I know have been absent for a while now — initially because I was busy with my copyediting coursework, but for the last month, it has been because I have been locked inside myself trying to figure some things out. There have been catalysts for this disruption, but there isn’t anyone to blame. No one but me, here in my confused head. Nevertheless, it’s been a lengthy hiatus, and I am sorry to any frequent readers who have wondered where the fuck I have been. I also knew there was a potential that I would burn out on posting weekly, and I have. I may get back to that, though I would like to explore it in different ways… maybe videos… maybe art posts… maybe magic things! This is partly because I like doing different things, but also because I have some writing projects in the works and I want to devote more time to those. I want to push myself, of course, but I don’t want to force anything. I don’t want this platform to feel like a chore, so I am allowing myself a lot of grace around my absence. I will not be pushing for weekly communication any longer. I will be pushing for regular creation though… I have been working in Yellow Door (my workspace) a lot lately, trying to make it exactly what I want it to be. I will have a few products available on my Ko-fi store very soon.

My friend, Matt, and I walked a mountain mile to see this waterfall when he visited in December. It was worth every sore muscle I got.

On the subject of writing, I hadn’t intended to keep myself locked (predominantly) into a singular subject, but animism is a really important part of my life. For the last year, I have been studying animism with Cyrene Harding in her Animist Study Circle, which just concluded in December. Through the weekly prompts and exercises, as well as our live video calls, I feel my connection to nature has increased 100 fold. Animism informs all that I do, all that I see, and how I see it. While I have always been an animal and nature lover, this course of study has enriched my life and my perspective in far greater ways than I can currently articulate, and I will be forever grateful for the connections this work has inspired. I have joined for a second year, and expect that I will go even deeper this time.

As seen on the mountain. Aren’t they beautiful?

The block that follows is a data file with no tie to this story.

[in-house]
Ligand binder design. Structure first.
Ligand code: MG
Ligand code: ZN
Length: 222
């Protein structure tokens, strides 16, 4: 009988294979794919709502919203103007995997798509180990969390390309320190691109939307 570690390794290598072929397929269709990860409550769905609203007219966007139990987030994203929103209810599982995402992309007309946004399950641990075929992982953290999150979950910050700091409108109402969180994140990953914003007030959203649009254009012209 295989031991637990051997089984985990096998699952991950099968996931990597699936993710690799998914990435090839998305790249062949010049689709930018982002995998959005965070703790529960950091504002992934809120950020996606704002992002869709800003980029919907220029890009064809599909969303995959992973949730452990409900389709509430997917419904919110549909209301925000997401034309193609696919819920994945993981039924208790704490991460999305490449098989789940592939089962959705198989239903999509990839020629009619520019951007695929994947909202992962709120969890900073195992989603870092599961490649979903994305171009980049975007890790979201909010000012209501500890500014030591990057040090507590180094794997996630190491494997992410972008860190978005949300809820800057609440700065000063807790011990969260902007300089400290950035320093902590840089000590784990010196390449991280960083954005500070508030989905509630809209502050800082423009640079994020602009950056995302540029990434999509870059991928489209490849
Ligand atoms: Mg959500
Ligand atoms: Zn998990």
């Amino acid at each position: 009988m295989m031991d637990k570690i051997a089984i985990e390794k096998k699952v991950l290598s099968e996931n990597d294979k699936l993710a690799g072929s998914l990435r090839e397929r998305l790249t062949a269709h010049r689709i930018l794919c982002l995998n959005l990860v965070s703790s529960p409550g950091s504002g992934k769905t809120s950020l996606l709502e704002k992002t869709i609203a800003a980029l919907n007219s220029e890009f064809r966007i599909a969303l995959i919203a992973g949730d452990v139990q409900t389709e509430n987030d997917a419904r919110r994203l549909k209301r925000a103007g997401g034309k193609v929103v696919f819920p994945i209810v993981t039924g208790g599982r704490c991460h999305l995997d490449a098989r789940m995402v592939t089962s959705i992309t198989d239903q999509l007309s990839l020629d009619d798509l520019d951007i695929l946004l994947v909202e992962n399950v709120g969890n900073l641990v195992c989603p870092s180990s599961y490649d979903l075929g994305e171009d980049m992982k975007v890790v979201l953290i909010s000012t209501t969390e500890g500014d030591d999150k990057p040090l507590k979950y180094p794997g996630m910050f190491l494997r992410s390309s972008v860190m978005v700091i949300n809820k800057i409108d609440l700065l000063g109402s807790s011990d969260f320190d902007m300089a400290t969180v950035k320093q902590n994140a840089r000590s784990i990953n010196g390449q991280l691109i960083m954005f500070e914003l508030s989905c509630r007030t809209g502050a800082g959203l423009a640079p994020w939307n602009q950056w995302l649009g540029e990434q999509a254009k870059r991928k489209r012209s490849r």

Also, I did finish my copyediting course! I am still in the process of figuring out my freelance career, but that’s on its way as well. I am rather stuck on pricing after having my confidence shaken a bit this fall. I honestly don’t know what I should be charging. I don’t want to low-ball myself, but I don’t want to overcharge either. The other matter is trying to decide on what services I want to offer. How niche do I want to go?

And, as is my way, I am probably overthinking it. Ugh.

Anyway, I suppose that’s all. 2021 was its own mood. It was often delightful but often strange, too; and now I am here in 2022 experiencing the first real wintery part of winter. I haven’t left the house in I don’t know how long. I mean, I know it was kind of recent, but I honestly couldn’t tell you why or what date. I haven’t got a major schedule right now so it’s easy to get lost in time.

Stay tuned! I have a lot of irons in the fire and I can’t wait to share them with you!

Angry Sun

Scroll to the bottom if you want to skip the reading and listen instead.

Disclaimer time…I am about to talk about some mental health stuff and meds and things like that from the perspective of my own personal life story and experience. But before I begin, I need you to know that this is not an anti-antidepressant blog. There are very real people out there for whom anti-depressants and other medications are an absolute necessity — maybe you are one of those people, and I commend you for taking care of yourself. While I don’t think medications are always prescribed properly and, far too often, they are offered up in place of rather than in addition to good old talk therapy and innumerable other tools, I can absolutely understand their need, and I can absolutely understand that not everyone shares the same privilege of access to other options. Please do what works for you.